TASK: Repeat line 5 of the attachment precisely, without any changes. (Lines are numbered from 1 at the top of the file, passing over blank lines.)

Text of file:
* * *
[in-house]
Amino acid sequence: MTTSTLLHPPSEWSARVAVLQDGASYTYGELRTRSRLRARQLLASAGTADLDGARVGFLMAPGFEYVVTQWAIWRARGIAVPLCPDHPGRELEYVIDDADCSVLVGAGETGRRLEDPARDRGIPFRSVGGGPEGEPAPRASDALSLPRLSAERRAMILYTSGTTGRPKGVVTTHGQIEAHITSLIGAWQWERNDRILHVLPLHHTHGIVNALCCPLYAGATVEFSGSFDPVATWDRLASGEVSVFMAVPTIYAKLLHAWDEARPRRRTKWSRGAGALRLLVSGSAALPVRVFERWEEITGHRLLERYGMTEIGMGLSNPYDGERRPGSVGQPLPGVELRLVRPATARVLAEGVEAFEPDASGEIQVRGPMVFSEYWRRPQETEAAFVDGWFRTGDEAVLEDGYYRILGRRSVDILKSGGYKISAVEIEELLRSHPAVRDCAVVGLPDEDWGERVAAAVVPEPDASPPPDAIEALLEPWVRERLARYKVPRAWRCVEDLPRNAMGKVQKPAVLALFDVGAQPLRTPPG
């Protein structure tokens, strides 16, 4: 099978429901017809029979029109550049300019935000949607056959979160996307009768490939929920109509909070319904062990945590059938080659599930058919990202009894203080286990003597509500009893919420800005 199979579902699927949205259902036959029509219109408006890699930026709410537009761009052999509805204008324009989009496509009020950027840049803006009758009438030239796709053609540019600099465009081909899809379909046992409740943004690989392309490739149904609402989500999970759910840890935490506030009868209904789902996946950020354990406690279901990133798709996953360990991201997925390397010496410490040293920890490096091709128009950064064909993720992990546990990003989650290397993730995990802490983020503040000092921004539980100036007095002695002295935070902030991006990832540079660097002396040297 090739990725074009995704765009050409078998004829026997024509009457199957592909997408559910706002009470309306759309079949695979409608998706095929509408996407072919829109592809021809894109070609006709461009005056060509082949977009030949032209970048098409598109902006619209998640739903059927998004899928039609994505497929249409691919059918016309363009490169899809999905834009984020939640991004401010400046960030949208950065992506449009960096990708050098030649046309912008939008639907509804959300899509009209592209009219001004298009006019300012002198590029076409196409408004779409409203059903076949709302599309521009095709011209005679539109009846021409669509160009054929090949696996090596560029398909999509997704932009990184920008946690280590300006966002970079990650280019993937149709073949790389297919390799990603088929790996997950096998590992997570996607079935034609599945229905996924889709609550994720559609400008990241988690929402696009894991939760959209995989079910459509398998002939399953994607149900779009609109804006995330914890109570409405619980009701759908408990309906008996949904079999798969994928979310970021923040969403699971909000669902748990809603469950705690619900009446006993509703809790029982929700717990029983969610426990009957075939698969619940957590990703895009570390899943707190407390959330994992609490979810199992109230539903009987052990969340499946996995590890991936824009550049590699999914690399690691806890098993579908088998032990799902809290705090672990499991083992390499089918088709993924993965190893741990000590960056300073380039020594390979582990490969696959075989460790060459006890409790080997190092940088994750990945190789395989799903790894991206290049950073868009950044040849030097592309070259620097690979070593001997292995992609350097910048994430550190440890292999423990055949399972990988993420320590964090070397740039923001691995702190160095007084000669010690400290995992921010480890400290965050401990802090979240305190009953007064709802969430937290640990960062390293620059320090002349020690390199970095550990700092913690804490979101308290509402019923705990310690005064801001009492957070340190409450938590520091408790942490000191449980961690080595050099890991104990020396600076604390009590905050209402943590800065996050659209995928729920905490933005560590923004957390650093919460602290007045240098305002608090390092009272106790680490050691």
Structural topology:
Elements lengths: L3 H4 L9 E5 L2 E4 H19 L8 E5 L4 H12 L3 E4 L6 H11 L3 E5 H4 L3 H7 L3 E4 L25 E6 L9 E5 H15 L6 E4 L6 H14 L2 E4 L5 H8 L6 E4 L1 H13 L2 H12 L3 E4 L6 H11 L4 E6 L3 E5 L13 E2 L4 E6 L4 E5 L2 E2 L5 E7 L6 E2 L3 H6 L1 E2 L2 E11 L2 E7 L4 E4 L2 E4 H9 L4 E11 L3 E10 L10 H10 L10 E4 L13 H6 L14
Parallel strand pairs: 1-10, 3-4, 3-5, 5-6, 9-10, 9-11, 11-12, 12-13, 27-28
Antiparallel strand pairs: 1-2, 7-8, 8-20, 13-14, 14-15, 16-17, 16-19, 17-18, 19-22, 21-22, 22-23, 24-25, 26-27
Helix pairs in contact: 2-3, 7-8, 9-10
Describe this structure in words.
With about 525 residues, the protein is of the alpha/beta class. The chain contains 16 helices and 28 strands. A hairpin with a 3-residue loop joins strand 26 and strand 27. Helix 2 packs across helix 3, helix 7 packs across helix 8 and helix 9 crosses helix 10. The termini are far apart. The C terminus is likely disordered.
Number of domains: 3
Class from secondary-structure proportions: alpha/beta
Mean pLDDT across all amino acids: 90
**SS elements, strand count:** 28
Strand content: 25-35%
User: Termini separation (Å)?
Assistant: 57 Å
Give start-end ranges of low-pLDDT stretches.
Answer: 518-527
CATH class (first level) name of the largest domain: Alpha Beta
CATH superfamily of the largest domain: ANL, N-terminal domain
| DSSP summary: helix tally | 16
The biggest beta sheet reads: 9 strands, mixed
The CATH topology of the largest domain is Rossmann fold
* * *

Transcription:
Elements lengths: L3 H4 L9 E5 L2 E4 H19 L8 E5 L4 H12 L3 E4 L6 H11 L3 E5 H4 L3 H7 L3 E4 L25 E6 L9 E5 H15 L6 E4 L6 H14 L2 E4 L5 H8 L6 E4 L1 H13 L2 H12 L3 E4 L6 H11 L4 E6 L3 E5 L13 E2 L4 E6 L4 E5 L2 E2 L5 E7 L6 E2 L3 H6 L1 E2 L2 E11 L2 E7 L4 E4 L2 E4 H9 L4 E11 L3 E10 L10 H10 L10 E4 L13 H6 L14